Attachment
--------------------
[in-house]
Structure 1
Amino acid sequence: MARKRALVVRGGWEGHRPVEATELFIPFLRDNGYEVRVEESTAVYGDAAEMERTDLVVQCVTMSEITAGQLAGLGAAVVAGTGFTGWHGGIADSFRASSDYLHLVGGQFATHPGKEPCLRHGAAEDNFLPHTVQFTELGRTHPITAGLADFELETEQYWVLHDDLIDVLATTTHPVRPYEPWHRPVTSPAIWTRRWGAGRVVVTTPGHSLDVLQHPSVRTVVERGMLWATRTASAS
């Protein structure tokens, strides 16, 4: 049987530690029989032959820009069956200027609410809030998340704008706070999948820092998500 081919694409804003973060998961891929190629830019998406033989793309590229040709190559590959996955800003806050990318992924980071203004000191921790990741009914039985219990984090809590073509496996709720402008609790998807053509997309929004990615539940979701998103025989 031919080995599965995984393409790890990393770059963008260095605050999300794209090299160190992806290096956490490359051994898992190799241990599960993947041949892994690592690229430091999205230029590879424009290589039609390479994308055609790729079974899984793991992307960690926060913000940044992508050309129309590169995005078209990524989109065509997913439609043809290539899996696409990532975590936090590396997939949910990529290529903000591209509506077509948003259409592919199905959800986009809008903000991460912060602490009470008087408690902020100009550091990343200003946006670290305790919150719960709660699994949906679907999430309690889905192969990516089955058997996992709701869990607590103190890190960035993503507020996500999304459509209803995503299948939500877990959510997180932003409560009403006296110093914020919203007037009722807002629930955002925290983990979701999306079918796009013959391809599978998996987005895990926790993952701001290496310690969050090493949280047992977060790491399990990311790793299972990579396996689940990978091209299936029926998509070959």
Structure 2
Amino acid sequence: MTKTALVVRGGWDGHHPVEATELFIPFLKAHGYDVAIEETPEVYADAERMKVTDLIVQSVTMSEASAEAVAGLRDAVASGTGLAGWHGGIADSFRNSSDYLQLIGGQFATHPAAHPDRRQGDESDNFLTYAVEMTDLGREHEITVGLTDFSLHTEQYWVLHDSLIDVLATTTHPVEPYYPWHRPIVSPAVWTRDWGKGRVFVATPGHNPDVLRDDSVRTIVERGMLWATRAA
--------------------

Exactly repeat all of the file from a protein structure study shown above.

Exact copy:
[in-house]
Structure 1
Amino acid sequence: MARKRALVVRGGWEGHRPVEATELFIPFLRDNGYEVRVEESTAVYGDAAEMERTDLVVQCVTMSEITAGQLAGLGAAVVAGTGFTGWHGGIADSFRASSDYLHLVGGQFATHPGKEPCLRHGAAEDNFLPHTVQFTELGRTHPITAGLADFELETEQYWVLHDDLIDVLATTTHPVRPYEPWHRPVTSPAIWTRRWGAGRVVVTTPGHSLDVLQHPSVRTVVERGMLWATRTASAS
């Protein structure tokens, strides 16, 4: 049987530690029989032959820009069956200027609410809030998340704008706070999948820092998500 081919694409804003973060998961891929190629830019998406033989793309590229040709190559590959996955800003806050990318992924980071203004000191921790990741009914039985219990984090809590073509496996709720402008609790998807053509997309929004990615539940979701998103025989 031919080995599965995984393409790890990393770059963008260095605050999300794209090299160190992806290096956490490359051994898992190799241990599960993947041949892994690592690229430091999205230029590879424009290589039609390479994308055609790729079974899984793991992307960690926060913000940044992508050309129309590169995005078209990524989109065509997913439609043809290539899996696409990532975590936090590396997939949910990529290529903000591209509506077509948003259409592919199905959800986009809008903000991460912060602490009470008087408690902020100009550091990343200003946006670290305790919150719960709660699994949906679907999430309690889905192969990516089955058997996992709701869990607590103190890190960035993503507020996500999304459509209803995503299948939500877990959510997180932003409560009403006296110093914020919203007037009722807002629930955002925290983990979701999306079918796009013959391809599978998996987005895990926790993952701001290496310690969050090493949280047992977060790491399990990311790793299972990579396996689940990978091209299936029926998509070959």
Structure 2
Amino acid sequence: MTKTALVVRGGWDGHHPVEATELFIPFLKAHGYDVAIEETPEVYADAERMKVTDLIVQSVTMSEASAEAVAGLRDAVASGTGLAGWHGGIADSFRNSSDYLQLIGGQFATHPAAHPDRRQGDESDNFLTYAVEMTDLGREHEITVGLTDFSLHTEQYWVLHDSLIDVLATTTHPVEPYYPWHRPIVSPAVWTRDWGKGRVFVATPGHNPDVLRDDSVRTIVERGMLWATRAA